Feb. 4, 2011 at 12:34 PM ET
To make a point that putting trust in Facebook comes at a price, a media artist and media critic created a "dating" website where they placed 250,000 Facebook profiles — without asking for any permission.
The pair, Paolo Cirio and Alessandro Ludovico, who carry on ad nauseum on their Face to Facebook project website, used "special custom software" to collect data from more than 1 million Facebook users. (Check out the diagram of the whole grueling process or this expanded explanation.) They built a database from that info and began to analyze "the pictures that showed smiling faces. The vast majority of pictures were both amateurish and somehow almost involuntarily or unconsciously alluring. And they are almost always 'smiling.' "
Why they write about it as though it's some kind of revelation is beyond me, but they kept going. They created a face recognition algorithm and placed 250,000 faces in one of six categories: climber, easy going, funny, mild, sly, smug on another website they created, Lovely-Faces.com (which has since stopped working).
They might have gotten a lot of people who took them up on this legal disclaimer on their website: "If your identity has been hurt by this website, just write to us and we'll remove your data instantly. This website is a work of art and we're committed to avoiding any related annoyances."
And there you go, it's all in the name of art: scraping info from a million profiles, developing algorithms to trim that down to 250,000 for a "dating" website that is, in effect, a contrived and convoluted piece of performance art with a goal to stick it to Facebook. Think I'm being too harsh? Why don't you try to slog through some of this:
This step builds the virtual land that Facebook is always close to but never explicitly steps in, being just an enormous background to the active process of searching for potential sexual relationships. The profiles will be definitively "single" and available, in a fairly competitive environment, with real data and real faces that users have personally posted. Their smiles will finally reach what they unconsciously really want: more relationships with unknown people, attracted by their virtual presence. The price users pay is being categorized as what they really are, or better, how they choose to be represented in the most famous and crowded online environment. The project starts to dismantle the trust that 500 million people have put in Facebook.
The site just goes on and on like this, like some modern art curation that never ends, a circle of hell that begins and ends in an East Village boho hipster gallery begging for an SNL skit begging for a Believer essay.
This is a typical sentence: "After grouping them, we started to dive into these seas of faces, with all the perceptual consequences. And we started to think about why we felt so overwhelmed."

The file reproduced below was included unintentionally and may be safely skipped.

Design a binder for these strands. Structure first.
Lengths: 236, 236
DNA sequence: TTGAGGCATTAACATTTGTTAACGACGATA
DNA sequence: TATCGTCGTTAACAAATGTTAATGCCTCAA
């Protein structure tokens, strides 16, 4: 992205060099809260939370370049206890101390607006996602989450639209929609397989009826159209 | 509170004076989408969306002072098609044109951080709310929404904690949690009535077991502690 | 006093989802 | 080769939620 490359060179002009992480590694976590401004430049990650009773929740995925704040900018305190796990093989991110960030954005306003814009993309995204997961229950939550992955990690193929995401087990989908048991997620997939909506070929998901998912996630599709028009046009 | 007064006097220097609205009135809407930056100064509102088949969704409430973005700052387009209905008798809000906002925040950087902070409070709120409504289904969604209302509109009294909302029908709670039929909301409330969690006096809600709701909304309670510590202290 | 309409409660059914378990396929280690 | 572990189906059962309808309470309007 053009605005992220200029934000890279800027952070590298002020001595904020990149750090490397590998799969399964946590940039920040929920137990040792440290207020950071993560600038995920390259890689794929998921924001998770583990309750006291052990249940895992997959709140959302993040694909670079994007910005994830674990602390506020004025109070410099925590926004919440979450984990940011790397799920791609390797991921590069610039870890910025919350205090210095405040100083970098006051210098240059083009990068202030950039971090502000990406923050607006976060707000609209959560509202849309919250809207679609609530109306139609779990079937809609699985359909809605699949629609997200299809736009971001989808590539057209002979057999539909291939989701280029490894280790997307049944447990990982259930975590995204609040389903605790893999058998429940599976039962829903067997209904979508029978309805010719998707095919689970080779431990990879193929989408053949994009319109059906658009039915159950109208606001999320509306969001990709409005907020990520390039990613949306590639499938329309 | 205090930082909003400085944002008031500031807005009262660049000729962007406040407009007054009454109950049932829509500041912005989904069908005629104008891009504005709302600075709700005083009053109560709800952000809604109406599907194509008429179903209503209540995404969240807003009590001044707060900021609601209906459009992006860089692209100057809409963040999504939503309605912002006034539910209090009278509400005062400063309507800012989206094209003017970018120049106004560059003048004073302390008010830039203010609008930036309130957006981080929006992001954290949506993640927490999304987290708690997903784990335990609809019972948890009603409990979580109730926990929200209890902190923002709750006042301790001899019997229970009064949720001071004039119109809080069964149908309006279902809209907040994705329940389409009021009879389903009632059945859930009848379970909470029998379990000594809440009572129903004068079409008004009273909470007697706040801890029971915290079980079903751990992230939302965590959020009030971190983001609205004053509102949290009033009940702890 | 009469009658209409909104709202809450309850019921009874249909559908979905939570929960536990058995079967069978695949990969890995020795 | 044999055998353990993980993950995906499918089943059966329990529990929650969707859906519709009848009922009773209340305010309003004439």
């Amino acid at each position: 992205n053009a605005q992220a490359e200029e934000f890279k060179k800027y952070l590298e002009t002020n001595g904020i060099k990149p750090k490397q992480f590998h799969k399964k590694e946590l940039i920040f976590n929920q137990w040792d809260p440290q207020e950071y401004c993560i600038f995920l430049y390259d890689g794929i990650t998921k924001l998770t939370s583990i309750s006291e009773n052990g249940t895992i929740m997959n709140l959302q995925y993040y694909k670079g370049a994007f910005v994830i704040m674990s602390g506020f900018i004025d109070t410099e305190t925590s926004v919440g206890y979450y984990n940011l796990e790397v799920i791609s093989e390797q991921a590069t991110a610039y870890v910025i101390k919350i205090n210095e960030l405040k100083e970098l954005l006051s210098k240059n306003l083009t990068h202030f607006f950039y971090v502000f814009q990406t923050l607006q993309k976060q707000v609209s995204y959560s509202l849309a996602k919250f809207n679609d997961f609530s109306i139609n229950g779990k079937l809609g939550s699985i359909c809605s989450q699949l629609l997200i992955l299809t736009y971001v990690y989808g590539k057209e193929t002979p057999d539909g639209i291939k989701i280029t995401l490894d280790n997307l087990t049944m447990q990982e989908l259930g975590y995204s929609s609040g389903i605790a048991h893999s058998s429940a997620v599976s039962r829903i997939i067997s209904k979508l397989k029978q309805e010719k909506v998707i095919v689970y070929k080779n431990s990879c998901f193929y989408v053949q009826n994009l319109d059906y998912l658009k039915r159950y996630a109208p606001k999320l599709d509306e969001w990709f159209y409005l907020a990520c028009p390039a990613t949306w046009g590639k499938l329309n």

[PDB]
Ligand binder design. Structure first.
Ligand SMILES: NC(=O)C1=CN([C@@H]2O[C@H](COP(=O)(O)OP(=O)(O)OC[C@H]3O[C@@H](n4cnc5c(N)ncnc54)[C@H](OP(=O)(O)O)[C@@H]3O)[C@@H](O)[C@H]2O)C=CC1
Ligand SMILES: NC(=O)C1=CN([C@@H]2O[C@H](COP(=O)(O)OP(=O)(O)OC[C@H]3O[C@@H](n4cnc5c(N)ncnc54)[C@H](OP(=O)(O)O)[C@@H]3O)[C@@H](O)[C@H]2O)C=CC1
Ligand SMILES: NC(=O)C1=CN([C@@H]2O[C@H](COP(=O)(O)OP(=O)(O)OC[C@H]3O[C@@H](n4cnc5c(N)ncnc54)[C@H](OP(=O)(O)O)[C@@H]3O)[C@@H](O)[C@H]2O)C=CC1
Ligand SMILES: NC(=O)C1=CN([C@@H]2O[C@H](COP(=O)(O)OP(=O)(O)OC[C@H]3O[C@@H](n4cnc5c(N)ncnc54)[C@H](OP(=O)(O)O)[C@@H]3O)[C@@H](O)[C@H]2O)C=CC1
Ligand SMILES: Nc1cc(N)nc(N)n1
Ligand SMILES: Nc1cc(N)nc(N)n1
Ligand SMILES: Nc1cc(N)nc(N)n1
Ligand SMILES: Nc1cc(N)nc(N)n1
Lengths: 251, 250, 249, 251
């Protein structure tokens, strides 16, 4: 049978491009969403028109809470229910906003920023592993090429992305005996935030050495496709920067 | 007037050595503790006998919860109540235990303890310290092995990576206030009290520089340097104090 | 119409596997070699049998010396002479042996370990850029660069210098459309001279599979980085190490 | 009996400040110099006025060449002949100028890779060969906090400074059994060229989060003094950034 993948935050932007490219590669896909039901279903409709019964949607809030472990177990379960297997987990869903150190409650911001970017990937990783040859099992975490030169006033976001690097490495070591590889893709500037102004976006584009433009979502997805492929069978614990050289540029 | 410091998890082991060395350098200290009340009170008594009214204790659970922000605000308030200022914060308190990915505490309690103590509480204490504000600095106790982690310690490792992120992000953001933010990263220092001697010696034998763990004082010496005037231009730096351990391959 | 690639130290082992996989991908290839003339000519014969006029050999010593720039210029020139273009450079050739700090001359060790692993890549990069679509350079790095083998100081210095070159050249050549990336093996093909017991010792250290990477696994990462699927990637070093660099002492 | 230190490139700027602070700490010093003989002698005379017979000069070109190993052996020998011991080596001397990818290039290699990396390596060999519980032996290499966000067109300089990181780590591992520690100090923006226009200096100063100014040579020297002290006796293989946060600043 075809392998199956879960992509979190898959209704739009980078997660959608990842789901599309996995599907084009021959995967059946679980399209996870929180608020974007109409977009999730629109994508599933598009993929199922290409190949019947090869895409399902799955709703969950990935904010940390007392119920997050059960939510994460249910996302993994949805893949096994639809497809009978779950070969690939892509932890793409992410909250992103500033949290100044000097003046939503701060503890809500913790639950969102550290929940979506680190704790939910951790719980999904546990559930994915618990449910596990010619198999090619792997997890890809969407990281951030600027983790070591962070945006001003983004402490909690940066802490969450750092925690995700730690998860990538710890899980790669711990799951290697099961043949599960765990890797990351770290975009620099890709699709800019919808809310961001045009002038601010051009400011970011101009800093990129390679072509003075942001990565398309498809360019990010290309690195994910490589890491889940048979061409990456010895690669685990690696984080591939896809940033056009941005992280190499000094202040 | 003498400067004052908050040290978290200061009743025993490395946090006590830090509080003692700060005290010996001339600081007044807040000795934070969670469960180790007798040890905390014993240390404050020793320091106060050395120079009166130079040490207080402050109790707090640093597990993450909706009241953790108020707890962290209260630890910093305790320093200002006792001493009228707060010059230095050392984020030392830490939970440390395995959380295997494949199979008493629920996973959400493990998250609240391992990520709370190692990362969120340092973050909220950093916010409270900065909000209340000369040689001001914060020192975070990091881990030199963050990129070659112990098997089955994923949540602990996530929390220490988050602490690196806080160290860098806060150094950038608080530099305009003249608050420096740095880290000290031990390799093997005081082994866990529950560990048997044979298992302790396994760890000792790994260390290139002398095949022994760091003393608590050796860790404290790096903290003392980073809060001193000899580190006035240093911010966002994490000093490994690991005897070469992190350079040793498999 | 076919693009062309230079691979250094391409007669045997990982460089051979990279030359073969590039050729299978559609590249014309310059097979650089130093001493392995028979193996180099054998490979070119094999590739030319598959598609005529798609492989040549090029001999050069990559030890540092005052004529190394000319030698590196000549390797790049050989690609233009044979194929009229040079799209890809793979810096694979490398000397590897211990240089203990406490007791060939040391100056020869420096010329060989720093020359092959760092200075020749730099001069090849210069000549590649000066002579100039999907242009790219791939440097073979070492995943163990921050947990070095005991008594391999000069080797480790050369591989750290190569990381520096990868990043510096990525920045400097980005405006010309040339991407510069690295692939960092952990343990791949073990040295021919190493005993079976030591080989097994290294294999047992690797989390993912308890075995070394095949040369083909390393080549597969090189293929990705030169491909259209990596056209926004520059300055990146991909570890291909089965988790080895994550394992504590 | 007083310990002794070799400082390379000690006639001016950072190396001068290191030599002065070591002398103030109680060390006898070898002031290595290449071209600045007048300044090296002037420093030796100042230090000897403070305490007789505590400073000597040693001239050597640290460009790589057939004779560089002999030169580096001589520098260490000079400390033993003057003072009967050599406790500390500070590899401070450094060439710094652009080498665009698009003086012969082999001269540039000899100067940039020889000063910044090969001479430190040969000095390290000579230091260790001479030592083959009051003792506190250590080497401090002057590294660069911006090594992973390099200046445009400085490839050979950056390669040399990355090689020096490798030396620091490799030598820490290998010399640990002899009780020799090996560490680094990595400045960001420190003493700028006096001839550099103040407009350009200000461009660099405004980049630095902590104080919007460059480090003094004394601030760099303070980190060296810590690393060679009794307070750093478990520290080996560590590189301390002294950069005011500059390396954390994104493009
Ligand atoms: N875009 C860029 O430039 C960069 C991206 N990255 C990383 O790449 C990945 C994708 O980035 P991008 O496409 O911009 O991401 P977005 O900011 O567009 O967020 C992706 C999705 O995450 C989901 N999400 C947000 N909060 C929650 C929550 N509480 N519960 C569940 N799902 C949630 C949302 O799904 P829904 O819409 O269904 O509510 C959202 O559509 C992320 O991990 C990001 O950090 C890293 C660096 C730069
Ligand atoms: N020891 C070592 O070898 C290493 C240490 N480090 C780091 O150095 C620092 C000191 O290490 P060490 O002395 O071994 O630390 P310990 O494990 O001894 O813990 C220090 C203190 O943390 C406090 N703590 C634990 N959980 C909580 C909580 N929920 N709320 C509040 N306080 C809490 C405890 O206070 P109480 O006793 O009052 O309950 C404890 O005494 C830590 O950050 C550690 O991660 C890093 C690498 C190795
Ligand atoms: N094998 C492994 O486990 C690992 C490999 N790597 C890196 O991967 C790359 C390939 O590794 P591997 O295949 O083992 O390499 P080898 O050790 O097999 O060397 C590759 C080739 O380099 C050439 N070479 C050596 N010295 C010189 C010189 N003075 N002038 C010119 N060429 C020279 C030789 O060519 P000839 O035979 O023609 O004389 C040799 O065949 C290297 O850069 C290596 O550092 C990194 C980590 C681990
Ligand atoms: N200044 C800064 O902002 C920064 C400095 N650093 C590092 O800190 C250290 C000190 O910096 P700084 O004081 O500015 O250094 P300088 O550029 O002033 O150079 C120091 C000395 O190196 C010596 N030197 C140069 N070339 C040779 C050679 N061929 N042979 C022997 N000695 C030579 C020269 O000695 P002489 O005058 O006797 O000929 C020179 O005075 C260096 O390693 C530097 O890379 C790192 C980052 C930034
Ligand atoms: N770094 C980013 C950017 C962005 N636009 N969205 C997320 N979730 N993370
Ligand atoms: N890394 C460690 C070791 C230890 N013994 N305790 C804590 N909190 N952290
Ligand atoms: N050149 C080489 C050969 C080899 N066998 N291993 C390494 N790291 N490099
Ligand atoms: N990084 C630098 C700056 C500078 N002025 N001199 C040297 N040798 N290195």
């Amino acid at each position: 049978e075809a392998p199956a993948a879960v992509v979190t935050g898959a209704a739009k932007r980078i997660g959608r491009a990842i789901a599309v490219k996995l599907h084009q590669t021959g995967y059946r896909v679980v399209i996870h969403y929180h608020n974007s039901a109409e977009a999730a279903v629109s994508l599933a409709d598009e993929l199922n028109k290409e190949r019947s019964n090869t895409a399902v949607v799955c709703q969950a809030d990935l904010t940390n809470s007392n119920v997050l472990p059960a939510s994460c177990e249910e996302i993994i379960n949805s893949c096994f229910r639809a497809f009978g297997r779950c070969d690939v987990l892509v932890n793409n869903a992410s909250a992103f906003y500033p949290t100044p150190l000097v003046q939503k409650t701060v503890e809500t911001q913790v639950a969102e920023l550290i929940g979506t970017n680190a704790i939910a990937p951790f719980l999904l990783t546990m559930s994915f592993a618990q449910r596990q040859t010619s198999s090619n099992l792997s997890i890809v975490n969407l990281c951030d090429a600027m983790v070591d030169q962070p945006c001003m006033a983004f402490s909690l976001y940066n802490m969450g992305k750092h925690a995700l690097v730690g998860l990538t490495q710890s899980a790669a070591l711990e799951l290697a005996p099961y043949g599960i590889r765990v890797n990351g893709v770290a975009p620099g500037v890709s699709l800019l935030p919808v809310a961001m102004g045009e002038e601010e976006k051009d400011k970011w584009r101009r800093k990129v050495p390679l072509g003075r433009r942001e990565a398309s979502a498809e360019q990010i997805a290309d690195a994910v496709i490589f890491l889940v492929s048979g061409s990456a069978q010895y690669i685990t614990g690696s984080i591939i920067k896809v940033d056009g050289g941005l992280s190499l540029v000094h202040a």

Yeah, I felt overwhelmed, too.
If you're really a glutton for punishment, you can read their "Theory" page, which serves as a kind of a meandering manifesto.
Facebook is an eternal, illusory party, under surveillance and recorded for all time. Its structure invites you to first replicate and then enhance your real social structures, replicating your experiences on your own personal "screen space".
In this unending party, you meet and join old and new friends, acquaintances and relatives. As with most parties everything is private, or restricted to the invited guests, but has the potential to become public, if accidently shared. Here the guests' activity and interests are also recorded through their posts in different formats and media (pictures, movies, trips, preferences, comments). It's an induced immaterial labour with instant gratification. Guests produce content by indirectly answering the question "who am I?" and they get new friends and feedback in the process.
In fact, Facebook’s subliminal mantra seems then to be "be personal, be popular, never stop."
Ok, I admit, with 1,000-plus Facebook friends, there's a certain truth to the instant gratification part. But am I defined by my Facebook profile? That would be a no. I control what goes on there, and so do a lot of people. Am I smiling? Yes. Duh. That's what normal people do, dudes, when taking snapshots.
Wading thorugh this morass of the obvious, they do make a point about identity theft, which is really the concern here. (Warning: they take you back to that party analogy first.)
The price the guests are unconsciously paying is that they are giving away their (constantly updating) virtual identity. Guests, in fact, organize their own space, and therefore their own "party", offering the party owner (Facebook) a connected, heterogeneous group of people who share interests...Facebook, an endlessly cool place for so many people, becomes at the same time a goldmine for identity theft and dating - unfortunately, without the user's control. But that's the very nature of Facebook and social media in general. If we start to play with the concepts of identity theft and dating, we should be able to unveil how fragile a virtual identity given to a proprietary platform can be. And how fragile enormous capitalization based on exploiting social systems can be.
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